The question is: what can I do right now that will help me become a better version of myself? And then to do today only the things that help me become a better version of myself. [It sounds quite simple, doesn’t it? But, with God’s grace one day at a time, it is do-able.]
2. Today’s culture does not have a vision for the human person – or for you. The goal of today’s culture is consumption. And if the culture does not have a vision for the human person, then it certainly does not have a vision for your marriage or your family or your calling in life. It is time for us to start thinking about where our lives are leading and to where God is calling us.
It is time for us to renew our desire for truth and wisdom – and to develop a habit of daily study.
3. A world without truth would be a world without joy and meaning.
Relativism is the theory that there are no absolute truths, but rather that all truth is relative. That is, something that is true for you may not necessarily be true for me.
This philosophy is full of contradictions because the idea that nothing is absolute is itself an absolute statement.
The real problem with relativism is that since there is no place for absolute truth, there is no place for wisdom. Wisdom is the ability to discern or judge what is true, good, right or lasting.
Relativism makes wisdom irrelevant. If humanity is going to make any progress in this century, moral relativism must come to an end.
4. People deserve answers to their questions, especially those surrounding the faith.
Catholics have an almost universal inferiority complex around how little they know about their faith. We actually fear that wonderful grace-filled moment when someone has the courage to ask a question about our faith. What makes Catholicism remarkably unique is that there are answers to the questions and the answers are beautiful.
For two thousand years, the best Catholic minds have been gathering wisdom on every topic that touches the human experience. And this gathered wisdom make up a great treasure chest. And the questions not only lead to individual answers, but they allow us to discover the coherent and comprehensive worldview that is Catholicism – and its genius.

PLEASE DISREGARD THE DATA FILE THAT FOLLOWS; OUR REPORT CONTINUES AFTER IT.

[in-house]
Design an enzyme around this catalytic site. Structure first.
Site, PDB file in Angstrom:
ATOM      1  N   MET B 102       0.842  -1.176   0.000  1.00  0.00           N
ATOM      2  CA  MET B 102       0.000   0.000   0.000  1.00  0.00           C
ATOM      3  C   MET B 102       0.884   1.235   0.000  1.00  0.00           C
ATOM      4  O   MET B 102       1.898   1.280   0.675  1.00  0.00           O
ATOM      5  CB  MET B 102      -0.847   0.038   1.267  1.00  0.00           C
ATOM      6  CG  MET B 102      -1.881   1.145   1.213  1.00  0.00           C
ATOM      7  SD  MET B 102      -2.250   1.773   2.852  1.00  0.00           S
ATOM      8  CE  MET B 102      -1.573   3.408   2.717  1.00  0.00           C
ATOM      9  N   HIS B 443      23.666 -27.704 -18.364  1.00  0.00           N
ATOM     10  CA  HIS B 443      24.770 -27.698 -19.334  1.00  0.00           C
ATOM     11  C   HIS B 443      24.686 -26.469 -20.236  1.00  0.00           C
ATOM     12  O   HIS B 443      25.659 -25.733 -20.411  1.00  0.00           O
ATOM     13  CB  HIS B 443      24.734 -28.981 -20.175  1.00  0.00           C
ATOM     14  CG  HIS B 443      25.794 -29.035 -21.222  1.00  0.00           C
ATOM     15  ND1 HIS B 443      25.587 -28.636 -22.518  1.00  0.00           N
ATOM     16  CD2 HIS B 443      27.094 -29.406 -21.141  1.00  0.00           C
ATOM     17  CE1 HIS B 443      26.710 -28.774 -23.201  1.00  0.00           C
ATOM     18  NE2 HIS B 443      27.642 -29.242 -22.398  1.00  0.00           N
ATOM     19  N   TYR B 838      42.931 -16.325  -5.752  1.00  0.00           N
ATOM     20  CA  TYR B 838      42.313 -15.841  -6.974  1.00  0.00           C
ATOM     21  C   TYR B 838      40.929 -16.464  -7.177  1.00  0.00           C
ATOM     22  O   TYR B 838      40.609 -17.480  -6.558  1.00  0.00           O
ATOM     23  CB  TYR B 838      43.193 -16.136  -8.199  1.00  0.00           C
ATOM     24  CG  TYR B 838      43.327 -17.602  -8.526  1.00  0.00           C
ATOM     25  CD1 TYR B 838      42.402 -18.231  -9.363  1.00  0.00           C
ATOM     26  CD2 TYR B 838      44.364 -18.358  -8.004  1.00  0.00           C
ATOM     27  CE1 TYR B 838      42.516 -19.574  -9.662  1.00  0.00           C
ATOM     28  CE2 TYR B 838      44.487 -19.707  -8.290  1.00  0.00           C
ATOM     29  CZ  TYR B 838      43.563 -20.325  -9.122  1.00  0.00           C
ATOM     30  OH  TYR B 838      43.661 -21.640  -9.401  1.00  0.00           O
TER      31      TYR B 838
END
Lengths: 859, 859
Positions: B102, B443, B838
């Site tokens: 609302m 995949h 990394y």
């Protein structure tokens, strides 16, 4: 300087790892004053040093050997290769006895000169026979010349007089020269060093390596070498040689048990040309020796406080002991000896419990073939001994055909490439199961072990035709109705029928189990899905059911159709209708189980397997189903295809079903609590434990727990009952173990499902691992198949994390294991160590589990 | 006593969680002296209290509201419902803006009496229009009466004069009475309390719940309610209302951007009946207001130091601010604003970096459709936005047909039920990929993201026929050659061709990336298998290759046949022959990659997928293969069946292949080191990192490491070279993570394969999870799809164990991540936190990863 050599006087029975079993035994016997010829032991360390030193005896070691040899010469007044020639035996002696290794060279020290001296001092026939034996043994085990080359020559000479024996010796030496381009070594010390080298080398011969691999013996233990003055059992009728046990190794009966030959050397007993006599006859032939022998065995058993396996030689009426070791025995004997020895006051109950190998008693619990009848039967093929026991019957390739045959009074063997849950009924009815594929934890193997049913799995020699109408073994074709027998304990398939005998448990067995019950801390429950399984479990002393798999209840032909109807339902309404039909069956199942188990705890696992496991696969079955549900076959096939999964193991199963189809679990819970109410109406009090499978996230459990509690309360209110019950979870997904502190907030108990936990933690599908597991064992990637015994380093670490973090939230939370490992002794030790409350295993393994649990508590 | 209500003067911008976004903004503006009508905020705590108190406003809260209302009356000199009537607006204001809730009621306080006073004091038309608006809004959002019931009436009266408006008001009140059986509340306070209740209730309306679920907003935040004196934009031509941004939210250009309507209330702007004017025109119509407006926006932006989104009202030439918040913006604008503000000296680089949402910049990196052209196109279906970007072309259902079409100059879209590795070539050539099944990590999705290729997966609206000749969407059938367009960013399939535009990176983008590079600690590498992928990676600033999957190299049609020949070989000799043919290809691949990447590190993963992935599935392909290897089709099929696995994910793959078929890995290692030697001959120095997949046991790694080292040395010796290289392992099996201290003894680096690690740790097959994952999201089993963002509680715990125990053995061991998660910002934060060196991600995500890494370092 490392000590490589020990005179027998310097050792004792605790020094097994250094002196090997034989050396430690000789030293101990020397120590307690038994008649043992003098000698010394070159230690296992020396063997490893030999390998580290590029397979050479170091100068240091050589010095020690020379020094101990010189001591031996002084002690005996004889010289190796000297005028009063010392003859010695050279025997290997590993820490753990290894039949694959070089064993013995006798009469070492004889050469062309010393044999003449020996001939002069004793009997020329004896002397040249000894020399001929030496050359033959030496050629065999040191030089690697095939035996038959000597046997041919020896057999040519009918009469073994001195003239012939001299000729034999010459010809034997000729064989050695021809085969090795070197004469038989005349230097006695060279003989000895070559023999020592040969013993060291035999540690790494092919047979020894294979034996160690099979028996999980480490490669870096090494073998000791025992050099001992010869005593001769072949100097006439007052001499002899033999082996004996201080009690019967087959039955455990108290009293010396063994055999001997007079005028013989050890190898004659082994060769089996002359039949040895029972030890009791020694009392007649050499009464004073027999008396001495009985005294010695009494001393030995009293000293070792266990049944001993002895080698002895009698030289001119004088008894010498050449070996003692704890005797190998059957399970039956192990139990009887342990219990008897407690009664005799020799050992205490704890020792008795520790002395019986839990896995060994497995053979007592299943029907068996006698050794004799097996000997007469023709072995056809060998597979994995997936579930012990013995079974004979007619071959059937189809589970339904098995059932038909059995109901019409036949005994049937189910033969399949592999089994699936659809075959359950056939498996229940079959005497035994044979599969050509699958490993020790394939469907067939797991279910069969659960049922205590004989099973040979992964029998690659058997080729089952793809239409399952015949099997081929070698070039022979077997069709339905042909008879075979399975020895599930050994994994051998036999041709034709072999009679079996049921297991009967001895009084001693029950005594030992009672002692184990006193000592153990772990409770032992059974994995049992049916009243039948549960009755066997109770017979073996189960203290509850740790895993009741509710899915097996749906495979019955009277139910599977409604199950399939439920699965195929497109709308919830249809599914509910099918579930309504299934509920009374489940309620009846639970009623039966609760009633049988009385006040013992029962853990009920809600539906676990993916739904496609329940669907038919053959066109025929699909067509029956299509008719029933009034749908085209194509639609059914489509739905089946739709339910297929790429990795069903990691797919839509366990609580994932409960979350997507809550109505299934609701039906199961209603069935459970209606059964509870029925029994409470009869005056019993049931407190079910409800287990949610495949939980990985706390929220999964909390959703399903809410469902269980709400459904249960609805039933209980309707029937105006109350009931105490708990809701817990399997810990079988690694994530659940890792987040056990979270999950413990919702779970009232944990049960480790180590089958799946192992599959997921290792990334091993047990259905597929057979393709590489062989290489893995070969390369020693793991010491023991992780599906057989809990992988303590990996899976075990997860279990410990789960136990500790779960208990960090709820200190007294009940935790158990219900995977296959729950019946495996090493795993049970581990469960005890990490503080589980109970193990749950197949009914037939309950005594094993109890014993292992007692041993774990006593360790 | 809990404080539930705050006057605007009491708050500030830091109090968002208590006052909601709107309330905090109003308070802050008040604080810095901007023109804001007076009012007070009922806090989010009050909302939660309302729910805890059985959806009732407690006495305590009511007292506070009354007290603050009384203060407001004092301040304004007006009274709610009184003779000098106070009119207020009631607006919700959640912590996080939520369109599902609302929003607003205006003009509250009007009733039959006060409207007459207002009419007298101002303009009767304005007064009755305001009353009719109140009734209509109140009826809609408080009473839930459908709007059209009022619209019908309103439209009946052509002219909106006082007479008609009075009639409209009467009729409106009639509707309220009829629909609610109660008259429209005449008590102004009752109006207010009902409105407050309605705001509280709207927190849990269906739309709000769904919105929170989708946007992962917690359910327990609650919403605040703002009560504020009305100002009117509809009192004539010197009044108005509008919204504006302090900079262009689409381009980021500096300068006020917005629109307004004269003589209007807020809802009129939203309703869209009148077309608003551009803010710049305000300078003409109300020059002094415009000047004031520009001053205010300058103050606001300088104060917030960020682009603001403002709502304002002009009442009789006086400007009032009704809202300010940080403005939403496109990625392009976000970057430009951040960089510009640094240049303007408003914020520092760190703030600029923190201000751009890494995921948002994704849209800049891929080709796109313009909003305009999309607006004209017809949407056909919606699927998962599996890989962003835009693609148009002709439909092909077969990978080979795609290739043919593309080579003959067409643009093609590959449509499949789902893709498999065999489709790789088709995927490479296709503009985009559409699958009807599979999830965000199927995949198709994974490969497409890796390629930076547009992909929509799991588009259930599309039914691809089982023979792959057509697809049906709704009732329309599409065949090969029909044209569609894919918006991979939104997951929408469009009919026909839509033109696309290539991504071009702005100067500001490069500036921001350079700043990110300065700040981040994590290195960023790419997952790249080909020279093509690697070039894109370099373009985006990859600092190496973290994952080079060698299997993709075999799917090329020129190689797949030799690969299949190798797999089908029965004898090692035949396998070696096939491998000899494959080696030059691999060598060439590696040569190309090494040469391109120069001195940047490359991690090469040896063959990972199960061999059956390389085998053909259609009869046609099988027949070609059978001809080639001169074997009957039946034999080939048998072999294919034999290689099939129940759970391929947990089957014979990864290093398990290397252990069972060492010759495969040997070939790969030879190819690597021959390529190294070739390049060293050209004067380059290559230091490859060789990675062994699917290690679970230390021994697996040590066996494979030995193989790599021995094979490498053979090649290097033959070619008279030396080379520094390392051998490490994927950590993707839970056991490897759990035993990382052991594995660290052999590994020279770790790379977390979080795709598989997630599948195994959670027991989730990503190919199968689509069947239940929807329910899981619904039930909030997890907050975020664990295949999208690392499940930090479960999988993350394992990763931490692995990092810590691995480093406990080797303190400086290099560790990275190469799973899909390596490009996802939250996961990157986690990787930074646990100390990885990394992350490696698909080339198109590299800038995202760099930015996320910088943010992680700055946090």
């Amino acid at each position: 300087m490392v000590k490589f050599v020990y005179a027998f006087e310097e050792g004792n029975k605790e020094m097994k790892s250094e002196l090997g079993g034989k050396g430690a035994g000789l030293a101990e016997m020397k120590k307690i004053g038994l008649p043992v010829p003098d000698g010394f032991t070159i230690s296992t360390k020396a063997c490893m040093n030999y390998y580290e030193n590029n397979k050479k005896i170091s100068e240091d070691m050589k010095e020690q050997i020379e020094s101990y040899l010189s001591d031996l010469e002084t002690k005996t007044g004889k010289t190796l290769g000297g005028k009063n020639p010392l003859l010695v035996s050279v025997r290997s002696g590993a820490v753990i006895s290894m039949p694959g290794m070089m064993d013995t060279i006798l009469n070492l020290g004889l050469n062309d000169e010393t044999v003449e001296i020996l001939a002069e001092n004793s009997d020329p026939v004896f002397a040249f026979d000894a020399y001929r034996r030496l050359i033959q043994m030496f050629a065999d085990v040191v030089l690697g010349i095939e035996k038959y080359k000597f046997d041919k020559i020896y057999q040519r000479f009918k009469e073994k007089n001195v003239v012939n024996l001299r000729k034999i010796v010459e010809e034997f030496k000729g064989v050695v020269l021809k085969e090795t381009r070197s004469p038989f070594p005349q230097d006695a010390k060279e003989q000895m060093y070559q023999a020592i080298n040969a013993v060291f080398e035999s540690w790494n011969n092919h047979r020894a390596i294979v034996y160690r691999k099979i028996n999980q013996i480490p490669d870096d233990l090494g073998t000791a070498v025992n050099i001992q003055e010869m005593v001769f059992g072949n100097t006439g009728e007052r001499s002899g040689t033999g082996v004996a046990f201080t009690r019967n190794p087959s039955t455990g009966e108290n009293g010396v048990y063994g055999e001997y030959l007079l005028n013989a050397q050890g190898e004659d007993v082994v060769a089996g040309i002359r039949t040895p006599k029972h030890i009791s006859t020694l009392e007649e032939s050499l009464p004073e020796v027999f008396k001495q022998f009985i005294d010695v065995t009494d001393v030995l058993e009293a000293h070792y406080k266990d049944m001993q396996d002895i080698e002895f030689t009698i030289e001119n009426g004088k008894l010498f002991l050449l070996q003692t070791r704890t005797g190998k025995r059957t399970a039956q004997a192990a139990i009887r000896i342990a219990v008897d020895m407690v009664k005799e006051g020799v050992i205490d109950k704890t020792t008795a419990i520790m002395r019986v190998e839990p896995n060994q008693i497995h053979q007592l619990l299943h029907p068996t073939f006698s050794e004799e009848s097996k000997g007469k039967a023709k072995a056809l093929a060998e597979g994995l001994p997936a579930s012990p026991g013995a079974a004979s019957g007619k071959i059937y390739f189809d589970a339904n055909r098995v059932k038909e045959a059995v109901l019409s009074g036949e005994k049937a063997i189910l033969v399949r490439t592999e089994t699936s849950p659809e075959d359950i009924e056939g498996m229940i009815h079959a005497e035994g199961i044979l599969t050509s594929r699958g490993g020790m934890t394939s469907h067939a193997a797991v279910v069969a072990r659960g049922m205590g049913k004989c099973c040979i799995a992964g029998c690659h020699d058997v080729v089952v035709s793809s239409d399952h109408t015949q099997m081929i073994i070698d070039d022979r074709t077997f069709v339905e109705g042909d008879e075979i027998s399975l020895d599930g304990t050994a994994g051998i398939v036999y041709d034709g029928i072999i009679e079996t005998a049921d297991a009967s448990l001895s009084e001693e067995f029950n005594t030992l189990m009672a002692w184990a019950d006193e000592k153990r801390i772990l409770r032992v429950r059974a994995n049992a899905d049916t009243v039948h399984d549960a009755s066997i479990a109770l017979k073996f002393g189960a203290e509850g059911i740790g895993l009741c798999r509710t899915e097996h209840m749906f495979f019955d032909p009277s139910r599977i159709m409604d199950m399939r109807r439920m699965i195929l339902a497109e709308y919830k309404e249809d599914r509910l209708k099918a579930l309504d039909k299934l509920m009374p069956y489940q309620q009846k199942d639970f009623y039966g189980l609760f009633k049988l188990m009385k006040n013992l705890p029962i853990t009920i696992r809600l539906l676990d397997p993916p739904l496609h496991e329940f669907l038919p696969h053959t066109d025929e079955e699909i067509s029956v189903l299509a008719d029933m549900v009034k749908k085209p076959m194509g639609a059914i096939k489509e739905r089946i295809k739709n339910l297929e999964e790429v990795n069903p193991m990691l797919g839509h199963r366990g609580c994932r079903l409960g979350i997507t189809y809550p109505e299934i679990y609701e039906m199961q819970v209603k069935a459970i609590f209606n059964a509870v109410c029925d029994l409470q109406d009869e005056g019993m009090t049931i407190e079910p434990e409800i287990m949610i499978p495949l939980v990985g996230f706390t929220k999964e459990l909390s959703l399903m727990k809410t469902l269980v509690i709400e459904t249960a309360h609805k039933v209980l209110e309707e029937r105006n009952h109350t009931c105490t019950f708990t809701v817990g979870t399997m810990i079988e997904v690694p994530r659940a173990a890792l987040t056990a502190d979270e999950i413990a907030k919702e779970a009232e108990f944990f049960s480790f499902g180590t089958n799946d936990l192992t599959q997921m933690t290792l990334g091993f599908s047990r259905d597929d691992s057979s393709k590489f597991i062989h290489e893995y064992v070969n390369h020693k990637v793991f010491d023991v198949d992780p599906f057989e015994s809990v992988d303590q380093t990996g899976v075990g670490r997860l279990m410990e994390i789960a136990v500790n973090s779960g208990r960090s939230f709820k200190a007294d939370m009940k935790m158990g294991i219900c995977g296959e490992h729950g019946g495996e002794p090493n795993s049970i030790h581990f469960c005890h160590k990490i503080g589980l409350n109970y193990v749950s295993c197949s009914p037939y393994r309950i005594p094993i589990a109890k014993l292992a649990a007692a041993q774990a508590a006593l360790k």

How can we help Catholics of all ages to learn more about the genius of Catholicism?
5. Highly engaged Catholics are continuous learners. They study regularly. On average they spend fourteen minutes each day learning more about our faith. They see themselves as disciples of Jesus and His Church. And they make an effort to allow His teachings to form them and guide them.
Dynamic Catholics have a routine for their continuous learning. Just like with prayer, they don’t learn more about their faith simply when they get around to it. It has a place in their day. They have a plan. They have a routine.
How would your life be different one year from now, five years from now, ten years from now if you read five pages of a good Catholic book each day?
How would our parishes be different one year from now if every parishioner read five pages of a great Catholic book each day?
It is a game changer – simple, practical, powerful, transformative.
Read five pages of a great Catholic book every day. Look at how those 10-15 minutes with Jesus at the well changed the life of the Samaritan woman, and changed the lives of the townspeople.
Quiet time every day with the Lord – in prayer and in study – will also change your life, as it changes mine. And this, I can promise you.
The first sign of a Dynamic Catholic is prayer. The second sign of a Dynamic Catholic is study. Discussion questions about today’s lesson are found inside this weekend’s bulletin.
Next week we will look at the third sign of a Dynamic Catholic which is generosity in chapter 4 which is entitled, “The Happiest People I Know.” The page references [pages 109-140] in The Four Signs of a Dynamic Catholic are also listed in this weekend’s bulletin.
Happy praying, happy studying and happy Lent, everybody!